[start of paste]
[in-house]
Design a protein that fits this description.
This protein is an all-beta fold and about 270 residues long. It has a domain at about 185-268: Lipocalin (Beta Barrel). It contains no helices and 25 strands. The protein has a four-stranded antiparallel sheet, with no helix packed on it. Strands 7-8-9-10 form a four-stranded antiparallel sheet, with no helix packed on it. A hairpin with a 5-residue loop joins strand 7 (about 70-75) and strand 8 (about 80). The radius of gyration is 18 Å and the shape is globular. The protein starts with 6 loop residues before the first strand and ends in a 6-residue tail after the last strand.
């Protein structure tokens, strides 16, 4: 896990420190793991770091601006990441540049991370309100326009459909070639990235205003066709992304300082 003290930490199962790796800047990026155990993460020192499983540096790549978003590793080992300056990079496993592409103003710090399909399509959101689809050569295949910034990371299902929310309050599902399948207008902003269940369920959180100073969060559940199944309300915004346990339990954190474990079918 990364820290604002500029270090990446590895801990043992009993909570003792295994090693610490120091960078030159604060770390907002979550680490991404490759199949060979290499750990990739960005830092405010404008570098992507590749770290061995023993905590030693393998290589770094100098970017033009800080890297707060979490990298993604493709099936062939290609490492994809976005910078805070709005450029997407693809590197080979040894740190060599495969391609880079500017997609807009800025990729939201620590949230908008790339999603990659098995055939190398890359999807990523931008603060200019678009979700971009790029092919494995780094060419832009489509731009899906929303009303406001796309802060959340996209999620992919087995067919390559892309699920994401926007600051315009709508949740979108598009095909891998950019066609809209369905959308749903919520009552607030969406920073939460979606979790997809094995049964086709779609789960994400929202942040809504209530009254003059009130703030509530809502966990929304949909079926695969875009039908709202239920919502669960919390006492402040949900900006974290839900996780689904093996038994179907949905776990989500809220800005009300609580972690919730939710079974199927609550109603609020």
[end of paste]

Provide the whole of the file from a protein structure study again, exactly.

[in-house]
Design a protein that fits this description.
This protein is an all-beta fold and about 270 residues long. It has a domain at about 185-268: Lipocalin (Beta Barrel). It contains no helices and 25 strands. The protein has a four-stranded antiparallel sheet, with no helix packed on it. Strands 7-8-9-10 form a four-stranded antiparallel sheet, with no helix packed on it. A hairpin with a 5-residue loop joins strand 7 (about 70-75) and strand 8 (about 80). The radius of gyration is 18 Å and the shape is globular. The protein starts with 6 loop residues before the first strand and ends in a 6-residue tail after the last strand.
């Protein structure tokens, strides 16, 4: 896990420190793991770091601006990441540049991370309100326009459909070639990235205003066709992304300082 003290930490199962790796800047990026155990993460020192499983540096790549978003590793080992300056990079496993592409103003710090399909399509959101689809050569295949910034990371299902929310309050599902399948207008902003269940369920959180100073969060559940199944309300915004346990339990954190474990079918 990364820290604002500029270090990446590895801990043992009993909570003792295994090693610490120091960078030159604060770390907002979550680490991404490759199949060979290499750990990739960005830092405010404008570098992507590749770290061995023993905590030693393998290589770094100098970017033009800080890297707060979490990298993604493709099936062939290609490492994809976005910078805070709005450029997407693809590197080979040894740190060599495969391609880079500017997609807009800025990729939201620590949230908008790339999603990659098995055939190398890359999807990523931008603060200019678009979700971009790029092919494995780094060419832009489509731009899906929303009303406001796309802060959340996209999620992919087995067919390559892309699920994401926007600051315009709508949740979108598009095909891998950019066609809209369905959308749903919520009552607030969406920073939460979606979790997809094995049964086709779609789960994400929202942040809504209530009254003059009130703030509530809502966990929304949909079926695969875009039908709202239920919502669960919390006492402040949900900006974290839900996780689904093996038994179907949905776990989500809220800005009300609580972690919730939710079974199927609550109603609020």